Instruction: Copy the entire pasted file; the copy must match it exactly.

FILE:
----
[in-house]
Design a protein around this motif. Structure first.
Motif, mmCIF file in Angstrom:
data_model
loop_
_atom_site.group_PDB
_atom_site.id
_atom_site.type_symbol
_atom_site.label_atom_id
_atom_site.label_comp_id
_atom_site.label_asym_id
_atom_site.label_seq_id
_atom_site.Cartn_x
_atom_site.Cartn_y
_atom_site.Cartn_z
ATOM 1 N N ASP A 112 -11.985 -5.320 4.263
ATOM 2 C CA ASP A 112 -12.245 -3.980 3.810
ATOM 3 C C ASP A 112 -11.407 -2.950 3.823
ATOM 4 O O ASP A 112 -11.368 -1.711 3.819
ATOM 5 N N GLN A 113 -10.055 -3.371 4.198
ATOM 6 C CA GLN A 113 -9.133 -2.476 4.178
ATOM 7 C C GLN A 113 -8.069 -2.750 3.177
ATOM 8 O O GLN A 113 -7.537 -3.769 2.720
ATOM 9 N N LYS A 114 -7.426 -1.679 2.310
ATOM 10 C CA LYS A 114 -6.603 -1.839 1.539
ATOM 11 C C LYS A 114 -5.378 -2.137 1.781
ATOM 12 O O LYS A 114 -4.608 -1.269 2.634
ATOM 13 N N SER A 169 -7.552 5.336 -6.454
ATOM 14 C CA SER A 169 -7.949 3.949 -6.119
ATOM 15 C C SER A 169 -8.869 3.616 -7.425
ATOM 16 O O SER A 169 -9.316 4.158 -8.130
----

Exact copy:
[in-house]
Design a protein around this motif. Structure first.
Motif, mmCIF file in Angstrom:
data_model
loop_
_atom_site.group_PDB
_atom_site.id
_atom_site.type_symbol
_atom_site.label_atom_id
_atom_site.label_comp_id
_atom_site.label_asym_id
_atom_site.label_seq_id
_atom_site.Cartn_x
_atom_site.Cartn_y
_atom_site.Cartn_z
ATOM 1 N N ASP A 112 -11.985 -5.320 4.263
ATOM 2 C CA ASP A 112 -12.245 -3.980 3.810
ATOM 3 C C ASP A 112 -11.407 -2.950 3.823
ATOM 4 O O ASP A 112 -11.368 -1.711 3.819
ATOM 5 N N GLN A 113 -10.055 -3.371 4.198
ATOM 6 C CA GLN A 113 -9.133 -2.476 4.178
ATOM 7 C C GLN A 113 -8.069 -2.750 3.177
ATOM 8 O O GLN A 113 -7.537 -3.769 2.720
ATOM 9 N N LYS A 114 -7.426 -1.679 2.310
ATOM 10 C CA LYS A 114 -6.603 -1.839 1.539
ATOM 11 C C LYS A 114 -5.378 -2.137 1.781
ATOM 12 O O LYS A 114 -4.608 -1.269 2.634
ATOM 13 N N SER A 169 -7.552 5.336 -6.454
ATOM 14 C CA SER A 169 -7.949 3.949 -6.119
ATOM 15 C C SER A 169 -8.869 3.616 -7.425
ATOM 16 O O SER A 169 -9.316 4.158 -8.130